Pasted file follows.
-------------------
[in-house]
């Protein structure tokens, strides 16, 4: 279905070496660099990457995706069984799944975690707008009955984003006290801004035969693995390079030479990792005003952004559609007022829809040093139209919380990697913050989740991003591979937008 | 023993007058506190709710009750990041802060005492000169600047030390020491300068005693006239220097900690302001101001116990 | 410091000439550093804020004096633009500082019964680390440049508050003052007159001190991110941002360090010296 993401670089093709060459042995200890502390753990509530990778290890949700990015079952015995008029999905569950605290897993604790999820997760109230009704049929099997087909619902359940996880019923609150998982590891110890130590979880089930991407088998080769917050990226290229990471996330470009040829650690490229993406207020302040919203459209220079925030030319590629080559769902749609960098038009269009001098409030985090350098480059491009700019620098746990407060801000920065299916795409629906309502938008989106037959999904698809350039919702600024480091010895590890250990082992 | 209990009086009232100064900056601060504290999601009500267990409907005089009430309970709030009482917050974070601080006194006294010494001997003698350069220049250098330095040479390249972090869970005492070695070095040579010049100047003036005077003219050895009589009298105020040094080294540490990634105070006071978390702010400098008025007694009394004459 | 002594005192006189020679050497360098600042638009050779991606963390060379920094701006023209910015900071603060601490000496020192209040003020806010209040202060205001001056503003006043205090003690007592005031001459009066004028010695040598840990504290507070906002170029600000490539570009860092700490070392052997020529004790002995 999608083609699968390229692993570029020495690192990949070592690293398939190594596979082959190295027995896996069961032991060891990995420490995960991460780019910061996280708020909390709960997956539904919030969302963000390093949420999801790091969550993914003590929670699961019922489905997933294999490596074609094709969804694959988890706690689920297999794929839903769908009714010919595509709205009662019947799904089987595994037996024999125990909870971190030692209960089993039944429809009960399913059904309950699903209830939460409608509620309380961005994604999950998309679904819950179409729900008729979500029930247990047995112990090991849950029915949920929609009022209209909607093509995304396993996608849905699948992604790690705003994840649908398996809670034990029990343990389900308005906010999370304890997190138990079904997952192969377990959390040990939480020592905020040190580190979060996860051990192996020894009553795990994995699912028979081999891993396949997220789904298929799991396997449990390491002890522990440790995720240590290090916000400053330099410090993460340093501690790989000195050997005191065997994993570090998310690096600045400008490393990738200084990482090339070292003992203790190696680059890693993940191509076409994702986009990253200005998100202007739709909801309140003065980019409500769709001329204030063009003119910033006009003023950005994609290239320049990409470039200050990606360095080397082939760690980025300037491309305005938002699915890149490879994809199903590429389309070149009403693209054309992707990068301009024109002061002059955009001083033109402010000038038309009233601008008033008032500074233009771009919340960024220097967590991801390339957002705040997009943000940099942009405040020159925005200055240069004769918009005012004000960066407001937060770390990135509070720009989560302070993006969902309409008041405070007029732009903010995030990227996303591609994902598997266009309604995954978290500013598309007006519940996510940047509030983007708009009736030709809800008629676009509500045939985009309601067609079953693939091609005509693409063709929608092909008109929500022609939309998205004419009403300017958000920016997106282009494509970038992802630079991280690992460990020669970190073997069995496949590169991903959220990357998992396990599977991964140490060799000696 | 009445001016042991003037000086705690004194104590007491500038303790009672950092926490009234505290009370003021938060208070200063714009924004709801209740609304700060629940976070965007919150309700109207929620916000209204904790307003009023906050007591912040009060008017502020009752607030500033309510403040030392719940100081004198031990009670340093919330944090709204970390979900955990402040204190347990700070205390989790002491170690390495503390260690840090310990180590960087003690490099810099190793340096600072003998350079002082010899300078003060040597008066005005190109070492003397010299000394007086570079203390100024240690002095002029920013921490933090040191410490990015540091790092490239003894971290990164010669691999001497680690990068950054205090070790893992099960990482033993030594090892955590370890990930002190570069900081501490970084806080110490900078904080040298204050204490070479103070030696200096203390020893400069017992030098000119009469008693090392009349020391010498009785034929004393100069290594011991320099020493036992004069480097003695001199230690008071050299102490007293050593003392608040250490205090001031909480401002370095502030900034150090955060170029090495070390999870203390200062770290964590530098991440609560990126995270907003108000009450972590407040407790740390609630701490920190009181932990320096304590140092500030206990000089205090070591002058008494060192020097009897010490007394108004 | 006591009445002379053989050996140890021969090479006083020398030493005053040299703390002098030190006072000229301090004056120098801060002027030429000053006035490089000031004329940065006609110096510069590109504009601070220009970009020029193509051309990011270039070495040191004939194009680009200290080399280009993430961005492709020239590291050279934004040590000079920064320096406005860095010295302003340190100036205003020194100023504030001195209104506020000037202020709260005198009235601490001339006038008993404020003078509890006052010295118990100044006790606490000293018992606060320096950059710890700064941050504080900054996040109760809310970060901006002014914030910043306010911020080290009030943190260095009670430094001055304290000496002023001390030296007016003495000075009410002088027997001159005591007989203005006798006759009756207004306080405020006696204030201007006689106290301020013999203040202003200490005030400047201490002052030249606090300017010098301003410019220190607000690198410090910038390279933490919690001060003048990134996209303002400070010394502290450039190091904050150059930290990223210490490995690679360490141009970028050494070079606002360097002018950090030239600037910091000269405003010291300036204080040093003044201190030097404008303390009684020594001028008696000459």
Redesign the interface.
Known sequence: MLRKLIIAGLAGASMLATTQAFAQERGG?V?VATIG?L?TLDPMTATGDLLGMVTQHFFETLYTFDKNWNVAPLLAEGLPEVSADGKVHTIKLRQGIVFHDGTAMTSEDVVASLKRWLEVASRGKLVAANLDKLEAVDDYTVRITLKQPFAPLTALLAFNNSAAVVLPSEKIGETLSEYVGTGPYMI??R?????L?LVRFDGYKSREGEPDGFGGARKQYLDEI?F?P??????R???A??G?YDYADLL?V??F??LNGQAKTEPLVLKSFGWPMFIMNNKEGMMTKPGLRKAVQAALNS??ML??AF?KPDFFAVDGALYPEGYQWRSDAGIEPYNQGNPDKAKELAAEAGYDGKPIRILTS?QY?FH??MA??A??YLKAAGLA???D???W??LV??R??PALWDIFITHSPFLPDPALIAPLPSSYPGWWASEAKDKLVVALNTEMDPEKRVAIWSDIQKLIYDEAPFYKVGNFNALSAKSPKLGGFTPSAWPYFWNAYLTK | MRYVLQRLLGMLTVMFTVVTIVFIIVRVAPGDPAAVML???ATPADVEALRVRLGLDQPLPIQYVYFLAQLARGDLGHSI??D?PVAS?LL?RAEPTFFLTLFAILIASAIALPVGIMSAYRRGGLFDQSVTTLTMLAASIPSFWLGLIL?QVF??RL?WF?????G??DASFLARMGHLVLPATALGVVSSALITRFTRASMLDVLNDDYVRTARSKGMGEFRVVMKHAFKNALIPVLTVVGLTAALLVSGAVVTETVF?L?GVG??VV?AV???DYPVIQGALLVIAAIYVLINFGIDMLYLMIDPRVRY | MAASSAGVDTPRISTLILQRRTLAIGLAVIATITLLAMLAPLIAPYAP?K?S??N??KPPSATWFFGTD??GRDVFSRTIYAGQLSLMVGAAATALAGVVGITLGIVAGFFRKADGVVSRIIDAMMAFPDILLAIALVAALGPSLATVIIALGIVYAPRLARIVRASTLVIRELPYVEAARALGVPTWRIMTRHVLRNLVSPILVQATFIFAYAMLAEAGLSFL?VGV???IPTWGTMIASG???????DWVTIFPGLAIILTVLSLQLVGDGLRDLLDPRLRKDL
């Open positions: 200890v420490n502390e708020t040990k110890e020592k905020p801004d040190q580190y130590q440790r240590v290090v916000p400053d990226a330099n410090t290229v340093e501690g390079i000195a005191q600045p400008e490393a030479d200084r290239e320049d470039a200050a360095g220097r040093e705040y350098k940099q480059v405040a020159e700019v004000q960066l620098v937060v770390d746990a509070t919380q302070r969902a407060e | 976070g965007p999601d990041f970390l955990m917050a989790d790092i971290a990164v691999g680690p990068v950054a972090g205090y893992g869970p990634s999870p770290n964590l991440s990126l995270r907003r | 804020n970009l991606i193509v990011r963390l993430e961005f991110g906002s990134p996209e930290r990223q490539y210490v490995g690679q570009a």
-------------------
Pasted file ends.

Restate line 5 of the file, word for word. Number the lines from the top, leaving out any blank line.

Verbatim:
């Open positions: 200890v420490n502390e708020t040990k110890e020592k905020p801004d040190q580190y130590q440790r240590v290090v916000p400053d990226a330099n410090t290229v340093e501690g390079i000195a005191q600045p400008e490393a030479d200084r290239e320049d470039a200050a360095g220097r040093e705040y350098k940099q480059v405040a020159e700019v004000q960066l620098v937060v770390d746990a509070t919380q302070r969902a407060e | 976070g965007p999601d990041f970390l955990m917050a989790d790092i971290a990164v691999g680690p990068v950054a972090g205090y893992g869970p990634s999870p770290n964590l991440s990126l995270r907003r | 804020n970009l991606i193509v990011r963390l993430e961005f991110g906002s990134p996209e930290r990223q490539y210490v490995g690679q570009a």